Apple Siri Can Do Even More

January 30, 2012, By Sanjeev Ramachandran

Yeah, Siri’s awesome, too awesome to think beyond the awesomeness. But hey, is Siri just being there, doing all it can possibly do for you?

No, says Arieso. Siri is as much a bandwidth guzzler as a personal voice assistant, they say.

Let us explain. To make your wish her command, Siri floods your cell network with a stream of data; her responses require a similarly large flow in return.

Arieso says that the Siri-equipped iPhone 4S appears to unleash data consumption behaviors that have no precedent. The firm has found that the Siri-equipped iPhone 4S uses twice as much data as the iPhone 4 and nearly three times as much as the iPhone 3G.

According to The Post, the iPhone 4S requires far more data than most other advanced smartphones, which are pretty data-intensive themselves. Yes, Siri can do it all, but at a cost- the bill that comes at the end of the month.

But the awesome little Siri is not the big issue here. It is just a pointer to what is in store for the, let us say, future.

Cellphone contracts are tiered so that those who use a network more than others pay more for the privilege. Okay, so that is not the real issue. Then what is?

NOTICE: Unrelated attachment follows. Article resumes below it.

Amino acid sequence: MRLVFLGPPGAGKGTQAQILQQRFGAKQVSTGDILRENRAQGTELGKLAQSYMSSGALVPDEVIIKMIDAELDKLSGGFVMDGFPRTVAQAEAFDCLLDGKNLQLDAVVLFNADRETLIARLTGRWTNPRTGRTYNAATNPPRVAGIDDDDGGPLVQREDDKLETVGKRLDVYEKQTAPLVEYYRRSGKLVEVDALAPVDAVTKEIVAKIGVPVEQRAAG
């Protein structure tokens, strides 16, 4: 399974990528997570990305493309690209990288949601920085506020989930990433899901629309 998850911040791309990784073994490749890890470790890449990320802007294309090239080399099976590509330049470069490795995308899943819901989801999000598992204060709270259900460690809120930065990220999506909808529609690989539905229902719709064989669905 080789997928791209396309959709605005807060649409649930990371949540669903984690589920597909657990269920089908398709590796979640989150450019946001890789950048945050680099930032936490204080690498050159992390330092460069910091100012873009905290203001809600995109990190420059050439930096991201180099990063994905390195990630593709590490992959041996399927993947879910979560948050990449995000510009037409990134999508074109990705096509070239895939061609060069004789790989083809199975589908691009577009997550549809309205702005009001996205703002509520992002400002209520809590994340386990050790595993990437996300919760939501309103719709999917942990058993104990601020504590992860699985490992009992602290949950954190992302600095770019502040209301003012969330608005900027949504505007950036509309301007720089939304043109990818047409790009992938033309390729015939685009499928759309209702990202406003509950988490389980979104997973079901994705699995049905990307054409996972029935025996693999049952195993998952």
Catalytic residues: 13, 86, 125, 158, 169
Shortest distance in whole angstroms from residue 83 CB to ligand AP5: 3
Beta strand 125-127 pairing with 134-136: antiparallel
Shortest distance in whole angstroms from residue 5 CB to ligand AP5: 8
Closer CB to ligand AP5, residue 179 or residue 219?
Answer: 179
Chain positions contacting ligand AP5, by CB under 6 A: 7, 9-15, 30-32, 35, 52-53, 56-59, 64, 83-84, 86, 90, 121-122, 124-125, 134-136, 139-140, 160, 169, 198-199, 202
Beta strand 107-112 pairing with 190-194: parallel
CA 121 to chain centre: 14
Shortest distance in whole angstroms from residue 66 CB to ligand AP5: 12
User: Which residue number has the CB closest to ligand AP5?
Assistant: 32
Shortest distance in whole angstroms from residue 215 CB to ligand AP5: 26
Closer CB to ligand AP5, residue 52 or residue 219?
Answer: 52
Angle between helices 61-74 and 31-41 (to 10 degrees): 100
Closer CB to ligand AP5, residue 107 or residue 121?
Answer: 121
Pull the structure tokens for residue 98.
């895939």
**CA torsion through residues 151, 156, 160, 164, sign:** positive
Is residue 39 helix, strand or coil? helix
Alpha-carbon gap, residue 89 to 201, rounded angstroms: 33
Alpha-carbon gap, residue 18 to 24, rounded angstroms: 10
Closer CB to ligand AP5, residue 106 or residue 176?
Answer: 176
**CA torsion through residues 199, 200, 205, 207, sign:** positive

Cell and data networks are like any common resource; they have limits. And once they hit their limit, regardless of which group is using its share and then some, there’s no more to go around.

As networks become congested when it reaches its maximum capacity, everyone’s service deteriorates; calls drop, internet slows down, and it all pisses you. Then what is the way forward?

Expand the carrying capacity, keep on expanding. Well, until the limit is reached there as well.

This time, the limit is that of the electromagnetic spectrum, the invisible frequencies over which all electronic communications move. “If the United States can’t free up more bandwidth for mobile uses, more people than just cellphone users would be inconvenienced,” the government’s top airwaves cop, Federal Communications Commission Chairman, Julius Genachowski, has long warned about a looming spectrum crunch.

The lack of new capacity would threaten U.S. jobs in the telecom industry and stifle technical progress. Now that’s something.

All of the various parts of the airwaves have either been auctioned by the government to high bidders over the past 15 years or given away back when radio and TV started out. A reshuffle, perhaps?

Well, it is not easy, pushing aside old users to another part of the band to make way for the new guys.

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